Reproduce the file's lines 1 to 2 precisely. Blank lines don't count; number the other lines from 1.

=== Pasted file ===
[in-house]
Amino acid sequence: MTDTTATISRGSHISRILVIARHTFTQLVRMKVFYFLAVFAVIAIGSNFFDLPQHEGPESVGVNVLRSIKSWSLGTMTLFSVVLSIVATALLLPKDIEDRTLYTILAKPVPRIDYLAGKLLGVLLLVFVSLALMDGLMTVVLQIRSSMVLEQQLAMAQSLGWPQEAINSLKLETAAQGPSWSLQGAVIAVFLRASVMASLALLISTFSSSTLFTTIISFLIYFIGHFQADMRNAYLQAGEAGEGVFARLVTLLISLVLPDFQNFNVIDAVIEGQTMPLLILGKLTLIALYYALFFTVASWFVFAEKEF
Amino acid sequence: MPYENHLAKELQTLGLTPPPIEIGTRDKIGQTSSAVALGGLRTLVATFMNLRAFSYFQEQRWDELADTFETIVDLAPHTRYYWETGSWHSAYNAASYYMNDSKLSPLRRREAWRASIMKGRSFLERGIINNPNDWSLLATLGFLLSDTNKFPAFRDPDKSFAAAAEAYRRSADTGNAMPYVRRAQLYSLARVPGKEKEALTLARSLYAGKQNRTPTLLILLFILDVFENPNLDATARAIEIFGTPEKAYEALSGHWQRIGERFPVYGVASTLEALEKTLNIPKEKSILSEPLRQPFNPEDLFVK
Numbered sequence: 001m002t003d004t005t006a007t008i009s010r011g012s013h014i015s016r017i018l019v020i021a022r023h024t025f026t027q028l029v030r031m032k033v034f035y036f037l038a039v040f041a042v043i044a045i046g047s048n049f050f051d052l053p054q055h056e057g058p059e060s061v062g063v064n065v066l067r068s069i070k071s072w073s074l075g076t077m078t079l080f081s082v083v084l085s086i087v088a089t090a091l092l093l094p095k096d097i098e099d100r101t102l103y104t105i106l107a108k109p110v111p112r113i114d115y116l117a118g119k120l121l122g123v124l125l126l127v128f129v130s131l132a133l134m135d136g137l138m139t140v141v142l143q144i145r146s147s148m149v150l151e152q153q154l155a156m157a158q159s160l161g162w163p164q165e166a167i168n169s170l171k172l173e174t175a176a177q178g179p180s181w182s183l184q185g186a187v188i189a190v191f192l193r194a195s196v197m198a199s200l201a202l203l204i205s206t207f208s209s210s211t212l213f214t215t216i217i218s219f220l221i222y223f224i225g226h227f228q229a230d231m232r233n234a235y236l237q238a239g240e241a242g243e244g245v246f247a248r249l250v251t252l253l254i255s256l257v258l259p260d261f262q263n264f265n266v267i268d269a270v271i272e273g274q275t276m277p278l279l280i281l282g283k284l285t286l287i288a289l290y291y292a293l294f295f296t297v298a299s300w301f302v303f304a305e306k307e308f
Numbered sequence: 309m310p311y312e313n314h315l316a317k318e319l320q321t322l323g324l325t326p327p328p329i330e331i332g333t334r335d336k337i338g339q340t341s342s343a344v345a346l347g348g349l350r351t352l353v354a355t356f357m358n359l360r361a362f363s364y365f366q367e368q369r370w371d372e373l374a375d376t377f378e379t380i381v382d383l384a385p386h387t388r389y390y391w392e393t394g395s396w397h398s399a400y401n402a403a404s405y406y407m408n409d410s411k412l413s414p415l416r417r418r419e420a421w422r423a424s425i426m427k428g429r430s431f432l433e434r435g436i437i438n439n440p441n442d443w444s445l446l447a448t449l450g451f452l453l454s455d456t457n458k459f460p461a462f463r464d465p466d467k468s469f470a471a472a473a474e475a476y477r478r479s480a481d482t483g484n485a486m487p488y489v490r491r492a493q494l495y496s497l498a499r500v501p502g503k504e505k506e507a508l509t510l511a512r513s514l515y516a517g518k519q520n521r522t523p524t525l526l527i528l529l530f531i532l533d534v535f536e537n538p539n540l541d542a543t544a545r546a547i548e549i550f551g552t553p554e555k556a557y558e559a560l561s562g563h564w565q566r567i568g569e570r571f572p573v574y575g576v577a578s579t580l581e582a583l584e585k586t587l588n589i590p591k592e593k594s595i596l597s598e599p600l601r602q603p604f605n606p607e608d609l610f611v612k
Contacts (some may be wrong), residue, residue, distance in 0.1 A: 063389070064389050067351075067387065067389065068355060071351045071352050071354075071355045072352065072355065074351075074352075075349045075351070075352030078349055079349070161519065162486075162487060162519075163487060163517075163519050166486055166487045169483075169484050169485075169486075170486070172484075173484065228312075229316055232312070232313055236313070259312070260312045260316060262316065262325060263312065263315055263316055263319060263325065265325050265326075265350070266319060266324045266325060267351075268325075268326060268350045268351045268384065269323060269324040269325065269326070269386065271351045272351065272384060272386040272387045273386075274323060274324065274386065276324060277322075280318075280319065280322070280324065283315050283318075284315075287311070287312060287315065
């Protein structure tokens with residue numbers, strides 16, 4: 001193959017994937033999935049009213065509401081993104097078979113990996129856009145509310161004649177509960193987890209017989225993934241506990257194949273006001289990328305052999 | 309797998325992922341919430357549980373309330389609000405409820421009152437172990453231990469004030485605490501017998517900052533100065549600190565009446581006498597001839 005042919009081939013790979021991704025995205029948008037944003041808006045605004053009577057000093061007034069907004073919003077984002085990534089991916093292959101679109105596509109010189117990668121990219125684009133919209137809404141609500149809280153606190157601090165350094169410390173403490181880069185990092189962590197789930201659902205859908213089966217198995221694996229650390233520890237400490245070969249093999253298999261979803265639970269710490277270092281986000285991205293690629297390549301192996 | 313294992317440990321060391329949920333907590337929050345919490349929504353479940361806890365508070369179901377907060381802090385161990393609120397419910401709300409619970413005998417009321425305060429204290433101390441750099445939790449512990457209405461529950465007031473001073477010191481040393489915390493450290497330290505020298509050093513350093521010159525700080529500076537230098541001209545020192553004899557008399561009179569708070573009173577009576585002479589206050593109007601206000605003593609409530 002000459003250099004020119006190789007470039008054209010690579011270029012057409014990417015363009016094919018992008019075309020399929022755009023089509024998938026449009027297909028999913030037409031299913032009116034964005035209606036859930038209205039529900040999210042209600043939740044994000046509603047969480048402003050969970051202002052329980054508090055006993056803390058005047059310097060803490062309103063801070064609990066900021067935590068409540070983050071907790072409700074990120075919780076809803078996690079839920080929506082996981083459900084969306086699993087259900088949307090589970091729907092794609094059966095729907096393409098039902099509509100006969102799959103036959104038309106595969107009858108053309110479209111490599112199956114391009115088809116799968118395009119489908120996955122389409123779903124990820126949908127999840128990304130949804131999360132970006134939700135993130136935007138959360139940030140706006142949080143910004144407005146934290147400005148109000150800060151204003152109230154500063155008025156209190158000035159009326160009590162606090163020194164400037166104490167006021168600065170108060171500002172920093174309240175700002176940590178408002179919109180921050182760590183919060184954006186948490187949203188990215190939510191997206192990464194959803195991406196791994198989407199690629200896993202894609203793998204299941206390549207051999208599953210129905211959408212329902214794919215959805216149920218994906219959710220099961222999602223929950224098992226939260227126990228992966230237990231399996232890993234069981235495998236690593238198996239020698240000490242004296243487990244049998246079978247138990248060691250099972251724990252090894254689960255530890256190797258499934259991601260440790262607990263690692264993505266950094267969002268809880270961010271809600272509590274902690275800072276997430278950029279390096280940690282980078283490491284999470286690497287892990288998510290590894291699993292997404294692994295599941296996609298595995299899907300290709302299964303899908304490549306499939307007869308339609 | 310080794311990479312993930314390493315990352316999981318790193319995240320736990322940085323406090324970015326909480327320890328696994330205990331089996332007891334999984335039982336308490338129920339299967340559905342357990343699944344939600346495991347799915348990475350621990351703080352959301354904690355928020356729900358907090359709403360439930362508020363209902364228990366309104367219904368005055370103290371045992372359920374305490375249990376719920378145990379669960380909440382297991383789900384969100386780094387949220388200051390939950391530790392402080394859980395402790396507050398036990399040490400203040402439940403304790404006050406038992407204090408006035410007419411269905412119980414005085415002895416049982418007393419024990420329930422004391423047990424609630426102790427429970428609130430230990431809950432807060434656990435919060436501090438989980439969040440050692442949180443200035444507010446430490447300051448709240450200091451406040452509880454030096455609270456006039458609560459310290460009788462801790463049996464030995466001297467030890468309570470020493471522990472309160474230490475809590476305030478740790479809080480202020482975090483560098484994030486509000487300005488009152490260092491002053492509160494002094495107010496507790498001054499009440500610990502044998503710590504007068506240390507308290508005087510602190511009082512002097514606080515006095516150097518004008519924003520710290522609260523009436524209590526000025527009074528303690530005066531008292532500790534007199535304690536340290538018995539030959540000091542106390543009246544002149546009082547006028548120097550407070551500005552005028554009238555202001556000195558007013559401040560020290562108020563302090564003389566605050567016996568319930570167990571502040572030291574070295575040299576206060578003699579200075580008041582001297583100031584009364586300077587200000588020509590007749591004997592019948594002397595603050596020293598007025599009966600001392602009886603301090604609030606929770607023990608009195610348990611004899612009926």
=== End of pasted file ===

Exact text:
[in-house]
Amino acid sequence: MTDTTATISRGSHISRILVIARHTFTQLVRMKVFYFLAVFAVIAIGSNFFDLPQHEGPESVGVNVLRSIKSWSLGTMTLFSVVLSIVATALLLPKDIEDRTLYTILAKPVPRIDYLAGKLLGVLLLVFVSLALMDGLMTVVLQIRSSMVLEQQLAMAQSLGWPQEAINSLKLETAAQGPSWSLQGAVIAVFLRASVMASLALLISTFSSSTLFTTIISFLIYFIGHFQADMRNAYLQAGEAGEGVFARLVTLLISLVLPDFQNFNVIDAVIEGQTMPLLILGKLTLIALYYALFFTVASWFVFAEKEF